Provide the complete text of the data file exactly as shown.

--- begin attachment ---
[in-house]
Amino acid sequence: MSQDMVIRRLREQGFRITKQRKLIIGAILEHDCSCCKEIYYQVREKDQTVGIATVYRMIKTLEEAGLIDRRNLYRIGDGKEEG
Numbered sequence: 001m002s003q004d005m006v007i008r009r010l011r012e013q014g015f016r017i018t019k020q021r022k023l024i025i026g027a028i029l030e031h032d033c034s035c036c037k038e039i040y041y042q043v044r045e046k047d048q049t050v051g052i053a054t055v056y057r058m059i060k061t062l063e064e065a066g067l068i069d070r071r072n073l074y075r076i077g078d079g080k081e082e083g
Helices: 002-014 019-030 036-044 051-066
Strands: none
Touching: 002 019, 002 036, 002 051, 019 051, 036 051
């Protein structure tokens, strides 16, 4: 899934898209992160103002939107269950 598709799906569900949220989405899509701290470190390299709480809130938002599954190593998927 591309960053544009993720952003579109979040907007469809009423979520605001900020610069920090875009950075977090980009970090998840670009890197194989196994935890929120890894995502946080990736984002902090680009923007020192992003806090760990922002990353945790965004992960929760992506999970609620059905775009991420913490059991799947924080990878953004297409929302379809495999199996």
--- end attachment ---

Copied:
[in-house]
Amino acid sequence: MSQDMVIRRLREQGFRITKQRKLIIGAILEHDCSCCKEIYYQVREKDQTVGIATVYRMIKTLEEAGLIDRRNLYRIGDGKEEG
Numbered sequence: 001m002s003q004d005m006v007i008r009r010l011r012e013q014g015f016r017i018t019k020q021r022k023l024i025i026g027a028i029l030e031h032d033c034s035c036c037k038e039i040y041y042q043v044r045e046k047d048q049t050v051g052i053a054t055v056y057r058m059i060k061t062l063e064e065a066g067l068i069d070r071r072n073l074y075r076i077g078d079g080k081e082e083g
Helices: 002-014 019-030 036-044 051-066
Strands: none
Touching: 002 019, 002 036, 002 051, 019 051, 036 051
């Protein structure tokens, strides 16, 4: 899934898209992160103002939107269950 598709799906569900949220989405899509701290470190390299709480809130938002599954190593998927 591309960053544009993720952003579109979040907007469809009423979520605001900020610069920090875009950075977090980009970090998840670009890197194989196994935890929120890894995502946080990736984002902090680009923007020192992003806090760990922002990353945790965004992960929760992506999970609620059905775009991420913490059991799947924080990878953004297409929302379809495999199996």